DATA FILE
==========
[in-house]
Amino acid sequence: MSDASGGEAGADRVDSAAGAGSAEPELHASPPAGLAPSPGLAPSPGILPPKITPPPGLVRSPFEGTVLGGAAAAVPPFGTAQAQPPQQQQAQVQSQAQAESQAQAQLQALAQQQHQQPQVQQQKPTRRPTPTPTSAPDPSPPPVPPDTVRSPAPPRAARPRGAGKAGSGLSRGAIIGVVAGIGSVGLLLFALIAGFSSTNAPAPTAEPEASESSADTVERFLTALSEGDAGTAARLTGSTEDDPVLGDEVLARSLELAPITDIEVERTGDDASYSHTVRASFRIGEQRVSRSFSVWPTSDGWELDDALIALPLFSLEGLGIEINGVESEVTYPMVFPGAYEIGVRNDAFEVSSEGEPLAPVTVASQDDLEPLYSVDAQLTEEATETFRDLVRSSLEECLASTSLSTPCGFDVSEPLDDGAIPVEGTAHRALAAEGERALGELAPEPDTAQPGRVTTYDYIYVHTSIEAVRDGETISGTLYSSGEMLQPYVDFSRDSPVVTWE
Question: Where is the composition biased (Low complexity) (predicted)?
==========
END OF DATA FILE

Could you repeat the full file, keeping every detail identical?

[in-house]
Amino acid sequence: MSDASGGEAGADRVDSAAGAGSAEPELHASPPAGLAPSPGLAPSPGILPPKITPPPGLVRSPFEGTVLGGAAAAVPPFGTAQAQPPQQQQAQVQSQAQAESQAQAQLQALAQQQHQQPQVQQQKPTRRPTPTPTSAPDPSPPPVPPDTVRSPAPPRAARPRGAGKAGSGLSRGAIIGVVAGIGSVGLLLFALIAGFSSTNAPAPTAEPEASESSADTVERFLTALSEGDAGTAARLTGSTEDDPVLGDEVLARSLELAPITDIEVERTGDDASYSHTVRASFRIGEQRVSRSFSVWPTSDGWELDDALIALPLFSLEGLGIEINGVESEVTYPMVFPGAYEIGVRNDAFEVSSEGEPLAPVTVASQDDLEPLYSVDAQLTEEATETFRDLVRSSLEECLASTSLSTPCGFDVSEPLDDGAIPVEGTAHRALAAEGERALGELAPEPDTAQPGRVTTYDYIYVHTSIEAVRDGETISGTLYSSGEMLQPYVDFSRDSPVVTWE
Question: Where is the composition biased (Low complexity) (predicted)?